It was a historic moment. On January 22, 1998, Pope John Paul II traveled to Cuba, giving rise to the first visit of a sovereign pontiff to the communist island. After years of anti-Catholic repression, Fidel Castro’s regime decides that day to open its doors to the pope. The editorial staff of Europe 1 tells the story thanks to its archives.
On January 22, 1998, the trip of Pope John Paul II marked a turning point in Cuba. For the first time, a sovereign pontiff visits the communist island. A five-day visit which was eagerly awaited by Fidel Castro who wanted to see the pope stand up against the embargo imposed by the United States since 1962. The Cubans were hoping for a little more flexibility from their regime, as the says Jean-Bernard Cadier, the special envoy of Europe 1 who covered the event.
“May Cuba open up to the world and may the world open up to Cuba”
“I hope that the pope will come out in favor of freedom of expression. Gustavo is the only one who wanted to speak out on this issue. Which proves that there is still a long way to go”, we hear at the microphone of Europe 1. On occasion, the Castro regime had pulled out all the stops. He had authorized Cubans to celebrate Christmas a month earlier, a first for more than 30 years, and had called on them to attend the pontifical mass of John Paul II.
Upon his arrival, the pope was greeted by Fidel Castro himself, who for the occasion had swapped his usual military fatigues for a tie suit. Attentions to which the sovereign pontiff replied without ambiguity: “May Cuba open up to the world and may the world open up to Cuba”.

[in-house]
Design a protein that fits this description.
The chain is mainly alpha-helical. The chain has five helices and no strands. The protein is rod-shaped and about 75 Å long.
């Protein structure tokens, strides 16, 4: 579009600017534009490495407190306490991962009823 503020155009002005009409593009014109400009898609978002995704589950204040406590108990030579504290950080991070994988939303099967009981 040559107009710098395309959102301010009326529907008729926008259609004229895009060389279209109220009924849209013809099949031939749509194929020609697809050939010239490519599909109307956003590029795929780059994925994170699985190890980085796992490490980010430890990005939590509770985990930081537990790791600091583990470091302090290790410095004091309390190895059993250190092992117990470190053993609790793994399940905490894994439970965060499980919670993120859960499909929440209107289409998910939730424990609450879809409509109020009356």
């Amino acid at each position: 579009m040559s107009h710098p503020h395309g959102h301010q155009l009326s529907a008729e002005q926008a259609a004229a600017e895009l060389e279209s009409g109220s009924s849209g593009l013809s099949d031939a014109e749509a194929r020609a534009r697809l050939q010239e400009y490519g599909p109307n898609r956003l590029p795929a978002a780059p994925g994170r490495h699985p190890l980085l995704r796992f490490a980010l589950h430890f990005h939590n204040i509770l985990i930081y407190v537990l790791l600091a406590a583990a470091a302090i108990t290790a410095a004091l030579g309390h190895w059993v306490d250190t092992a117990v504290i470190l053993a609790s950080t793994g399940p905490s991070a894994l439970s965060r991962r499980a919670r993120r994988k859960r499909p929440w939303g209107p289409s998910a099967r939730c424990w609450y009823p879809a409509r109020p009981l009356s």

In other words, that the embargo of the United States is lifted. John Paul II prayed that Cuba would offer everyone a climate of freedom. A message welcomed with immense joy, especially by practicing Catholics on the island, who have been silenced since the 1960s.
The fervor of those who escorted the popemobile through the streets of Havana was greatly felt: “Dios ti amio”. “God loves you,” sings a group of Catholics. “He brings us a message of peace, fraternity, harmony and love, all that we miss so much”, testifies a Catholic.
A turning point in the history of the island
“Blessed is he who comes in the name of the Lord”, we can hear at the microphone of Jean-Bernard Cadier. Practicing Catholics hardly believe their eyes, they have the right to sing hymns on the Place de la Révolution, in a country where processions are still prohibited by law.
But this change in tone still left a whole section of the population very skeptical. “Not everyone is religious, Catholic because before everyone was normal, now it’s the fashion,” says a resident.
A visit that marked a turning point in the history of the island: several political and religious prisoners were released at the request of the Vatican, Christmas remained a public holiday and relations between the Cuban Church and the regime gradually standardized. John Paul II also paved the way for his successors, Benedict XVI and Pope Francis, who also set foot on the lands of the communist island.